Budgeting helps you handle unexpected expenses.
Careful budgeting and the inclusion of an emergency fund in your expenses, means you will always have a plan for emergencies, and money set aside to cover those inevitable unexpected bills and costs, when you need it the most. When you don’t have enough money left to cover unexpected costs, the last thing you need is to fall into a debt spiral, by racking up expenses on a credit card (with a high interest rate). At the very least, if you have a $1000 safety net in your savings account to cover unexpected costs, you won’t have to worry as much about being unable to meet your most important repayments. Even better if you have 3- or 6-months’ worth of income saved up – as this will be crucial to help you overcome redundancy and long periods of unemployment or loss of income!
Budgeting helps you communicate about your finances (with your family and spouse).
Money talk is sometimes the hardest conversation to have – but keeping it open, calm, and honest is the best way to discuss your finances with your family, spouse, parents, boyfriend or girlfriend. Of course, monetary conversations about budgeting, reducing spending and tackling debt can be challenging, but most often your loved ones will support you in improving your finances for the better. Keeping your family in the loop about household financial constraints helps everybody get on board with saving money to work together as a team and play their part in the financial solution of healthy spending. Because money trouble is one of the biggest arguments leading to divorce, drawing up a budget together also helps prevent conflict and resolve personal differences of opinion on financial responsibility, accountability, and how money should be spent. Budgeting is therefore the best way to avoid money arguments and the stress of not being on the same page financially – and you can even include some fun money or a spending limit in your budget so that you can still have the financial freedom to spend money on discretionary items as you please.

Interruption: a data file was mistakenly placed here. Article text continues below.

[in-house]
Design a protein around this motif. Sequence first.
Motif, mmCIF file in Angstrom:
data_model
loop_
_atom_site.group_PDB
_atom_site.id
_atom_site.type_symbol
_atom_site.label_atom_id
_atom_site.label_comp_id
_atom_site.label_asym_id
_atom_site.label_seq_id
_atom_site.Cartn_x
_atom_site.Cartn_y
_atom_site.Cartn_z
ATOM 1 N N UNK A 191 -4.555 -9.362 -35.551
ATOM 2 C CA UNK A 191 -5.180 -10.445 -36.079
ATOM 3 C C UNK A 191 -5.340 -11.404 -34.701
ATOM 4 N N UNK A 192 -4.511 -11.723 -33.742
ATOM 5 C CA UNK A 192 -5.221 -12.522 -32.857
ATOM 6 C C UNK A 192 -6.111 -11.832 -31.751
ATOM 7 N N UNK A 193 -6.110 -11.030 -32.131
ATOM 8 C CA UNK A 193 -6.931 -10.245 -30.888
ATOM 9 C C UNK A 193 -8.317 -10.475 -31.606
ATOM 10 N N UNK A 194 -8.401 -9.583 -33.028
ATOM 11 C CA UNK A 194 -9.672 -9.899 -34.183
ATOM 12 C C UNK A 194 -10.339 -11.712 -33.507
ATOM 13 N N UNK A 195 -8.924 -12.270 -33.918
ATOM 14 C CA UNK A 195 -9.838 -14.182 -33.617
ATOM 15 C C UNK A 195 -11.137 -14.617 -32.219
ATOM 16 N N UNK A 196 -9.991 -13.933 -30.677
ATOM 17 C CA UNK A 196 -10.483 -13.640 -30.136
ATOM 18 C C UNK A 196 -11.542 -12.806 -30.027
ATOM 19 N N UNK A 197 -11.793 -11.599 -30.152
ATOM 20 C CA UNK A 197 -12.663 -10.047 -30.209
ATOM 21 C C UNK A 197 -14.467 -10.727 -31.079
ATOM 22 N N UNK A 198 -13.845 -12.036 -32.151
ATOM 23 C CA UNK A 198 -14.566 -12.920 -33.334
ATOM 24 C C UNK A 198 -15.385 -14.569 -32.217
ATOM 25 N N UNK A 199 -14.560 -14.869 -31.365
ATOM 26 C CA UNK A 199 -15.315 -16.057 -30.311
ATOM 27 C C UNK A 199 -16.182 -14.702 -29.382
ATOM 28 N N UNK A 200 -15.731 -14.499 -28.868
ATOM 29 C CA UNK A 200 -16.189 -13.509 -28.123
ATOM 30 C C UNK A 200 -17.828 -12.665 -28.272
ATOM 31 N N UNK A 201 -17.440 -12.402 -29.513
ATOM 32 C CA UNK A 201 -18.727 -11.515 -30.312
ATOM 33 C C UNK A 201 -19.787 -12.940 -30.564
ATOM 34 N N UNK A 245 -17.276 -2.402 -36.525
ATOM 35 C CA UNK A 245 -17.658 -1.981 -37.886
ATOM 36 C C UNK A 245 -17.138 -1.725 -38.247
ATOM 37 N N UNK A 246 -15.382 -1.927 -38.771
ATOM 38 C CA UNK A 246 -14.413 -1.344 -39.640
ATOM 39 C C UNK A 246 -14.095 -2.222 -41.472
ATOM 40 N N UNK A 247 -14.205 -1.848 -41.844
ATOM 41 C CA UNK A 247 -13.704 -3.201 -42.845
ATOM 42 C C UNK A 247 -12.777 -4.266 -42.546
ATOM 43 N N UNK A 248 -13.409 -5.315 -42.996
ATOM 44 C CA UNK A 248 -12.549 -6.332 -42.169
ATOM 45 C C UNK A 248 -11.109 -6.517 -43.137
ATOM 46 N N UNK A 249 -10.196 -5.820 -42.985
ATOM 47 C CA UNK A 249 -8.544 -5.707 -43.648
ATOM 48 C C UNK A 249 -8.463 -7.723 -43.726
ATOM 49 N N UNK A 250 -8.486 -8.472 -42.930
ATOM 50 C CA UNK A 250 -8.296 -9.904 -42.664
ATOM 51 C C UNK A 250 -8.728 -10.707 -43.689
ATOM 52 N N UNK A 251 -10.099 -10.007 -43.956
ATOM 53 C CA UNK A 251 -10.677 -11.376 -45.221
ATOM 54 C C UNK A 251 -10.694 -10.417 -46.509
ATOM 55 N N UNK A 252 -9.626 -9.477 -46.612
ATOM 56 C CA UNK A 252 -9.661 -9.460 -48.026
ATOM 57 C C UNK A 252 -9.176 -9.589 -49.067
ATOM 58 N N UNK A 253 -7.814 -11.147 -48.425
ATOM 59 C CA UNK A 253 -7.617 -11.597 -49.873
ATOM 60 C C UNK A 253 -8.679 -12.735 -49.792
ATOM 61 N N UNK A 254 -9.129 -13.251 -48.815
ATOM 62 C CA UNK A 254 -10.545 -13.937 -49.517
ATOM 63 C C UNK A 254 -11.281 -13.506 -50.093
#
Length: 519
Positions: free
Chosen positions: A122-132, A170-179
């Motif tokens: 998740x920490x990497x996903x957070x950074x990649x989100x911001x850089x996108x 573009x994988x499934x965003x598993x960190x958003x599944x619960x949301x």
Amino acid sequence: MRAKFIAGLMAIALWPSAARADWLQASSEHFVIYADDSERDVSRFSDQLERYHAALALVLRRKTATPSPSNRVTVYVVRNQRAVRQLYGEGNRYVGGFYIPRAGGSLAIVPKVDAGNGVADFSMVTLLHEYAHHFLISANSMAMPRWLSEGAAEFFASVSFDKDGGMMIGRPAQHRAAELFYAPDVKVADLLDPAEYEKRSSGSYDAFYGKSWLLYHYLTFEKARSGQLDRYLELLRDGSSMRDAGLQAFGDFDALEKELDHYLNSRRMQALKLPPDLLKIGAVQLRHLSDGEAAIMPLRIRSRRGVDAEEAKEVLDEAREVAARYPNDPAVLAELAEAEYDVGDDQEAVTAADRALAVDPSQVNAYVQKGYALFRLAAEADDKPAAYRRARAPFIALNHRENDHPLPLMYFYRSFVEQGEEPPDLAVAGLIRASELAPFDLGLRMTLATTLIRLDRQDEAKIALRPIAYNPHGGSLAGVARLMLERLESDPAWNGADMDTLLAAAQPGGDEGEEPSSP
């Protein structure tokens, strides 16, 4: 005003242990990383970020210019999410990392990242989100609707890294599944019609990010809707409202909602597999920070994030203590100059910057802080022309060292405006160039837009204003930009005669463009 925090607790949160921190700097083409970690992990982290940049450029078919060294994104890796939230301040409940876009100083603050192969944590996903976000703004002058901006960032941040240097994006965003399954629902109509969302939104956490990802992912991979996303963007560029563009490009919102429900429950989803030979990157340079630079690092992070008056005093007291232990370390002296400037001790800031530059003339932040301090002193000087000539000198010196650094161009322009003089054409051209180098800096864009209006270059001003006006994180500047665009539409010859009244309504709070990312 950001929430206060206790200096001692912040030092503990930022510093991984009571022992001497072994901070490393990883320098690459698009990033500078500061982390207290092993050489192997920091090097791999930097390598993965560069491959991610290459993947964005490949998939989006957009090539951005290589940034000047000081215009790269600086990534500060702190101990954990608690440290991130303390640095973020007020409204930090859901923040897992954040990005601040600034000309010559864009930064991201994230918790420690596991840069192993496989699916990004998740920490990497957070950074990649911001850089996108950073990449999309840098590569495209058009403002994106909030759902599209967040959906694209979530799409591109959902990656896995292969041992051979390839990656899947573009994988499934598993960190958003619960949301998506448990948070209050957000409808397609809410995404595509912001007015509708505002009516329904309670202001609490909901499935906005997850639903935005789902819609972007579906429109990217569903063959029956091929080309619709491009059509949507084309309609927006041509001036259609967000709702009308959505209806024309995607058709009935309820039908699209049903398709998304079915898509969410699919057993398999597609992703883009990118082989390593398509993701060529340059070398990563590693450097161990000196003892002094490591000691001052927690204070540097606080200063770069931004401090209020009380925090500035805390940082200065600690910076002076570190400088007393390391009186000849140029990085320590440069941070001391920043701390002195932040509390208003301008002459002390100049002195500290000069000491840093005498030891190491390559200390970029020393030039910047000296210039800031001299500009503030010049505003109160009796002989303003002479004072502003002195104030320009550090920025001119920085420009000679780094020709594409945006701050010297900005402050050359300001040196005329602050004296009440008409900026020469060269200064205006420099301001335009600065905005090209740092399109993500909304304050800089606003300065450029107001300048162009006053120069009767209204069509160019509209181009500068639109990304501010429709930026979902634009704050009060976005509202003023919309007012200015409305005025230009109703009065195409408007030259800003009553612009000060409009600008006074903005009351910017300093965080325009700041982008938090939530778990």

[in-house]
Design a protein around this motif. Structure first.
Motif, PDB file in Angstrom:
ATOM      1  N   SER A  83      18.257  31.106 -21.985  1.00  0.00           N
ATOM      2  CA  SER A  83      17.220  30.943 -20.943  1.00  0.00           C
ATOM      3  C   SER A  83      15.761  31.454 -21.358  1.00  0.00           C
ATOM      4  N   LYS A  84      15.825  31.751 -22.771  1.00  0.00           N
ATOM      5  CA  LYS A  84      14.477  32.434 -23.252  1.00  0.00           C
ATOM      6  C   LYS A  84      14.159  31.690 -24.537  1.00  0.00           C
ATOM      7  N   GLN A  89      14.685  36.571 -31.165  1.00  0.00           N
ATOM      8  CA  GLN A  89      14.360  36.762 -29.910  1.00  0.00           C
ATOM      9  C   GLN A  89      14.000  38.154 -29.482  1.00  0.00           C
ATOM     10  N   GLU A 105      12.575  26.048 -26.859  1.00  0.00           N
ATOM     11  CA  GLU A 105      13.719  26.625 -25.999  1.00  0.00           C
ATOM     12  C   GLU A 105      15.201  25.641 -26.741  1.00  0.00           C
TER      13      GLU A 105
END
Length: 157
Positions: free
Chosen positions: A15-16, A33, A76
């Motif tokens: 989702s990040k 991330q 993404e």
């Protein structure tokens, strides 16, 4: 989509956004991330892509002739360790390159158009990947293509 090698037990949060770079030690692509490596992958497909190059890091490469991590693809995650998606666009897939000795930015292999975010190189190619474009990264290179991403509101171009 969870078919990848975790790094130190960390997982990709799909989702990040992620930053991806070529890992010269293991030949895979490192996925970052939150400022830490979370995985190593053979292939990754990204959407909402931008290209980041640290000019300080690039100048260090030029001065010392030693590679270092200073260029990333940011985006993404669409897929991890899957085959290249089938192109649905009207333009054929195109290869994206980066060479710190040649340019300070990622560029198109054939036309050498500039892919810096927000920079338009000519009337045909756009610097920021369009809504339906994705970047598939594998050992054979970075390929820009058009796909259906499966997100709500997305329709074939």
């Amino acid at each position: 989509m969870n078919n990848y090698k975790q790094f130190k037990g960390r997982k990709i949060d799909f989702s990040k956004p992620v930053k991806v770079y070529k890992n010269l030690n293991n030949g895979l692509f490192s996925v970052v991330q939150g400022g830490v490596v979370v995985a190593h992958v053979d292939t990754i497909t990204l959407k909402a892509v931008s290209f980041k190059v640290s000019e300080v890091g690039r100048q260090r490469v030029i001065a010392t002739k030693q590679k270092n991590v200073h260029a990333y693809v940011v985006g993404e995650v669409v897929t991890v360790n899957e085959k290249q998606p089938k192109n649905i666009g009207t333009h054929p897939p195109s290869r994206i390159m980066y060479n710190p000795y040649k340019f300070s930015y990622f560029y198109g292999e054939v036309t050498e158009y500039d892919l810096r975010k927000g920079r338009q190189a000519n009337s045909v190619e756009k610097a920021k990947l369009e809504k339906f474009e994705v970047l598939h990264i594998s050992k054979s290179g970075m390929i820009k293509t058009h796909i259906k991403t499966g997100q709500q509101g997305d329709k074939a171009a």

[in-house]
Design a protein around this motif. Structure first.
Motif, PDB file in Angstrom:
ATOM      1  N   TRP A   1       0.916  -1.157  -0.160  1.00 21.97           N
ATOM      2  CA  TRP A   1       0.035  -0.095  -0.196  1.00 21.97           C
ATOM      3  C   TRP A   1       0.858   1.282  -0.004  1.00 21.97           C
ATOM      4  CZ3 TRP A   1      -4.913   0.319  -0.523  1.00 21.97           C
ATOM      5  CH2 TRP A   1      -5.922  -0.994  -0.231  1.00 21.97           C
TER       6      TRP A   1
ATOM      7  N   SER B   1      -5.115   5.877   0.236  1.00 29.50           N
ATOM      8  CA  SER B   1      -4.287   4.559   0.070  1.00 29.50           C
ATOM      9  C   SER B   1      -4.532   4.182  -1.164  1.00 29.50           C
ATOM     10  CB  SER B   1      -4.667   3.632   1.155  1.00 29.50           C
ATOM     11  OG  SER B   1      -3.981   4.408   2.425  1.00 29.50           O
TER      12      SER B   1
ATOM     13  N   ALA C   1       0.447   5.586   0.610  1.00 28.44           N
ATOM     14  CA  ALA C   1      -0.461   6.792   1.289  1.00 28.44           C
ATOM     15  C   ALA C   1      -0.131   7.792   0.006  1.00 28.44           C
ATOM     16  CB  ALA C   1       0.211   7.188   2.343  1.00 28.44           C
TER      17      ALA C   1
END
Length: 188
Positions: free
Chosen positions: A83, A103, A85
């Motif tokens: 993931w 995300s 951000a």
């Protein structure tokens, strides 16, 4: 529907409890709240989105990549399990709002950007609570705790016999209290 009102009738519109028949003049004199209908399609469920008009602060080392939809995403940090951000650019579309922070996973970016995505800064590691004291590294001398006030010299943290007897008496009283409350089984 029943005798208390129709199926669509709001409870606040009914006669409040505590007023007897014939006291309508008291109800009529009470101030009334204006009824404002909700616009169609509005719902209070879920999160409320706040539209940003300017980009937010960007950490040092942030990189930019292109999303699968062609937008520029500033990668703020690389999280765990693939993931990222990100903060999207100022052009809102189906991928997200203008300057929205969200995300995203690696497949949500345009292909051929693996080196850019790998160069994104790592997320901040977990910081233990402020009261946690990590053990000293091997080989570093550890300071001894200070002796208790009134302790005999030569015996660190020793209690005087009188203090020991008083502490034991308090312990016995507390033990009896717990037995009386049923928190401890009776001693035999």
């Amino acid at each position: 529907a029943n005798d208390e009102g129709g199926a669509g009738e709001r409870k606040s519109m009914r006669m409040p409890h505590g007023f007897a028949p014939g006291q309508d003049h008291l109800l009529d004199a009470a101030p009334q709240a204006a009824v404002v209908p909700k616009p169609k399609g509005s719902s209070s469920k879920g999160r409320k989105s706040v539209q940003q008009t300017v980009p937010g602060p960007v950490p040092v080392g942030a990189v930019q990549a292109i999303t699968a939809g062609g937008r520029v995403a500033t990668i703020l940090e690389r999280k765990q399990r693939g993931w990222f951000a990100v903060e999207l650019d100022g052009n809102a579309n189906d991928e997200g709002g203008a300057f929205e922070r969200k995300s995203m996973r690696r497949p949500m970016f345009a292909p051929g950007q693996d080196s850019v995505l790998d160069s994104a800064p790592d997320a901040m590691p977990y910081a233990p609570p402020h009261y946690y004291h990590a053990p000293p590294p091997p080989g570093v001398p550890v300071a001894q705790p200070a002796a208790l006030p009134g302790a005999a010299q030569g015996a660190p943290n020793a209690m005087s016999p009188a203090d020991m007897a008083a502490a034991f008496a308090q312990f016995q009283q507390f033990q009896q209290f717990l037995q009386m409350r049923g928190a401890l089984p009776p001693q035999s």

Budgeting helps you see financial red flags.
When you look at the bigger picture of your finances, it’s possible to spot potential money troubles in advance of them becoming full-blown financial ruin. A solid budget will help you detect spending leaks prior to these becoming a big financial problem – and enables you address these financial warning signs before they get out of control – saving you from financial stress!
Budgeting helps you assess your borrowing capacity.
Did you know that consistently paying your bills counts toward building your credit score! And that’s a good thing because if you do need to borrow money, get a credit card or personal loan, or finance a vehicle or mortgage – having a good credit rating and a solid savings history will indeed improve your borrowing capacity and ability to repay the debt, and make sure you don’t borrow more than you can realistically afford.